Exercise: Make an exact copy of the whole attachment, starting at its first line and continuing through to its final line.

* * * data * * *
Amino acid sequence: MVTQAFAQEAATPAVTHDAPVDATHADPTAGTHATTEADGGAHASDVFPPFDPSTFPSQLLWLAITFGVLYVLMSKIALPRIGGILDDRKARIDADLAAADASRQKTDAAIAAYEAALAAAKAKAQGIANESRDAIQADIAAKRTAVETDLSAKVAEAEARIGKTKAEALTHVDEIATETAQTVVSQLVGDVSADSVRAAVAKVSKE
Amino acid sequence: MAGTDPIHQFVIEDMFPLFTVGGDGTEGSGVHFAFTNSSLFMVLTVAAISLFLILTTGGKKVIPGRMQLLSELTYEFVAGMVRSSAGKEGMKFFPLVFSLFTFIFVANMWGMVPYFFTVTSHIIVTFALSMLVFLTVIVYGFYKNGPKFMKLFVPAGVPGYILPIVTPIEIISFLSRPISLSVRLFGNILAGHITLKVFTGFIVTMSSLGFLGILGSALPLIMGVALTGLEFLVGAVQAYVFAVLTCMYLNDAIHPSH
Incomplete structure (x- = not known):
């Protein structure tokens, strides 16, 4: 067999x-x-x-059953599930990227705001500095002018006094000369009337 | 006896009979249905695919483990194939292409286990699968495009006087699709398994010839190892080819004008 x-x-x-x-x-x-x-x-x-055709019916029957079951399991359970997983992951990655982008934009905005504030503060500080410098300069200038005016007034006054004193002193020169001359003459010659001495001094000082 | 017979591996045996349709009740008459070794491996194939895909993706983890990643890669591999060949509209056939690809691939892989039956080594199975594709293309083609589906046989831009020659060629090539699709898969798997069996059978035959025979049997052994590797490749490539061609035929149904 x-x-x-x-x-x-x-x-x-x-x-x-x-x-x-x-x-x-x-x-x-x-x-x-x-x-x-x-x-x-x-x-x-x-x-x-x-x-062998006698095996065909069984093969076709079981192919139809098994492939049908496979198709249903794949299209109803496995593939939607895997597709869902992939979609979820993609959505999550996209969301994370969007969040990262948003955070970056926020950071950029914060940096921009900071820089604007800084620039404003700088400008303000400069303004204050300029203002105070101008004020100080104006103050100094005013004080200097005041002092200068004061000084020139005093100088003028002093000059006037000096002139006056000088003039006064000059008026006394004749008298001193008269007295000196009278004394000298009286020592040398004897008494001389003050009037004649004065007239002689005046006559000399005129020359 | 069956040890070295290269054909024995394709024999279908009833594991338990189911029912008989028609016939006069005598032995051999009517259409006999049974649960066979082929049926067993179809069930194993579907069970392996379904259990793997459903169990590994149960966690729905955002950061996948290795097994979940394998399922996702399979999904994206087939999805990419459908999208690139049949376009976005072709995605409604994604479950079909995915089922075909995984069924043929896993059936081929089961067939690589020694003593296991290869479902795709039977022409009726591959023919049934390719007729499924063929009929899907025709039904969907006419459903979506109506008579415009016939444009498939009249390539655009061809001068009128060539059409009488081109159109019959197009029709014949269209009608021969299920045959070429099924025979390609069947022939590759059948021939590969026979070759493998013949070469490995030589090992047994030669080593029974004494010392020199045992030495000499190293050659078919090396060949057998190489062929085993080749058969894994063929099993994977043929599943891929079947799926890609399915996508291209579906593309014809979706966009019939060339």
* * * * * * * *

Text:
Amino acid sequence: MVTQAFAQEAATPAVTHDAPVDATHADPTAGTHATTEADGGAHASDVFPPFDPSTFPSQLLWLAITFGVLYVLMSKIALPRIGGILDDRKARIDADLAAADASRQKTDAAIAAYEAALAAAKAKAQGIANESRDAIQADIAAKRTAVETDLSAKVAEAEARIGKTKAEALTHVDEIATETAQTVVSQLVGDVSADSVRAAVAKVSKE
Amino acid sequence: MAGTDPIHQFVIEDMFPLFTVGGDGTEGSGVHFAFTNSSLFMVLTVAAISLFLILTTGGKKVIPGRMQLLSELTYEFVAGMVRSSAGKEGMKFFPLVFSLFTFIFVANMWGMVPYFFTVTSHIIVTFALSMLVFLTVIVYGFYKNGPKFMKLFVPAGVPGYILPIVTPIEIISFLSRPISLSVRLFGNILAGHITLKVFTGFIVTMSSLGFLGILGSALPLIMGVALTGLEFLVGAVQAYVFAVLTCMYLNDAIHPSH
Incomplete structure (x- = not known):
């Protein structure tokens, strides 16, 4: 067999x-x-x-059953599930990227705001500095002018006094000369009337 | 006896009979249905695919483990194939292409286990699968495009006087699709398994010839190892080819004008 x-x-x-x-x-x-x-x-x-055709019916029957079951399991359970997983992951990655982008934009905005504030503060500080410098300069200038005016007034006054004193002193020169001359003459010659001495001094000082 | 017979591996045996349709009740008459070794491996194939895909993706983890990643890669591999060949509209056939690809691939892989039956080594199975594709293309083609589906046989831009020659060629090539699709898969798997069996059978035959025979049997052994590797490749490539061609035929149904 x-x-x-x-x-x-x-x-x-x-x-x-x-x-x-x-x-x-x-x-x-x-x-x-x-x-x-x-x-x-x-x-x-x-x-x-x-x-062998006698095996065909069984093969076709079981192919139809098994492939049908496979198709249903794949299209109803496995593939939607895997597709869902992939979609979820993609959505999550996209969301994370969007969040990262948003955070970056926020950071950029914060940096921009900071820089604007800084620039404003700088400008303000400069303004204050300029203002105070101008004020100080104006103050100094005013004080200097005041002092200068004061000084020139005093100088003028002093000059006037000096002139006056000088003039006064000059008026006394004749008298001193008269007295000196009278004394000298009286020592040398004897008494001389003050009037004649004065007239002689005046006559000399005129020359 | 069956040890070295290269054909024995394709024999279908009833594991338990189911029912008989028609016939006069005598032995051999009517259409006999049974649960066979082929049926067993179809069930194993579907069970392996379904259990793997459903169990590994149960966690729905955002950061996948290795097994979940394998399922996702399979999904994206087939999805990419459908999208690139049949376009976005072709995605409604994604479950079909995915089922075909995984069924043929896993059936081929089961067939690589020694003593296991290869479902795709039977022409009726591959023919049934390719007729499924063929009929899907025709039904969907006419459903979506109506008579415009016939444009498939009249390539655009061809001068009128060539059409009488081109159109019959197009029709014949269209009608021969299920045959070429099924025979390609069947022939590759059948021939590969026979070759493998013949070469490995030589090992047994030669080593029974004494010392020199045992030495000499190293050659078919090396060949057998190489062929085993080749058969894994063929099993994977043929599943891929079947799926890609399915996508291209579906593309014809979706966009019939060339």